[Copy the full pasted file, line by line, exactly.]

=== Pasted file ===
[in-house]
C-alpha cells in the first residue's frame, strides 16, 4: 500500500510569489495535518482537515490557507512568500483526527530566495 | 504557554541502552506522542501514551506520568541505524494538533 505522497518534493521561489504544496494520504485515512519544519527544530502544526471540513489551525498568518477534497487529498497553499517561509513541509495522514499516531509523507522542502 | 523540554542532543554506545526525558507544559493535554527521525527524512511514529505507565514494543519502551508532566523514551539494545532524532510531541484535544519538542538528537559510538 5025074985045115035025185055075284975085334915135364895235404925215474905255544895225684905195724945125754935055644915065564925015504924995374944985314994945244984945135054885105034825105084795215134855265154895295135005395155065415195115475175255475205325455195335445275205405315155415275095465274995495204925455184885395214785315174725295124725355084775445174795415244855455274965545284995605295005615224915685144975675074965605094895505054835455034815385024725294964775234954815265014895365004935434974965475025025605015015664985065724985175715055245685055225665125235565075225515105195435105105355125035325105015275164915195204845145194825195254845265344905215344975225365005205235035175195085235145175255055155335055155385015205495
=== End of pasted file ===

[in-house]
C-alpha cells in the first residue's frame, strides 16, 4: 500500500510569489495535518482537515490557507512568500483526527530566495 | 504557554541502552506522542501514551506520568541505524494538533 505522497518534493521561489504544496494520504485515512519544519527544530502544526471540513489551525498568518477534497487529498497553499517561509513541509495522514499516531509523507522542502 | 523540554542532543554506545526525558507544559493535554527521525527524512511514529505507565514494543519502551508532566523514551539494545532524532510531541484535544519538542538528537559510538 5025074985045115035025185055075284975085334915135364895235404925215474905255544895225684905195724945125754935055644915065564925015504924995374944985314994945244984945135054885105034825105084795215134855265154895295135005395155065415195115475175255475205325455195335445275205405315155415275095465274995495204925455184885395214785315174725295124725355084775445174795415244855455274965545284995605295005615224915685144975675074965605094895505054835455034815385024725294964775234954815265014895365004935434974965475025025605015015664985065724985175715055245685055225665125235565075225515105195435105105355125035325105015275164915195204845145194825195254845265344905215344975225365005205235035175195085235145175255055155335055155385015205495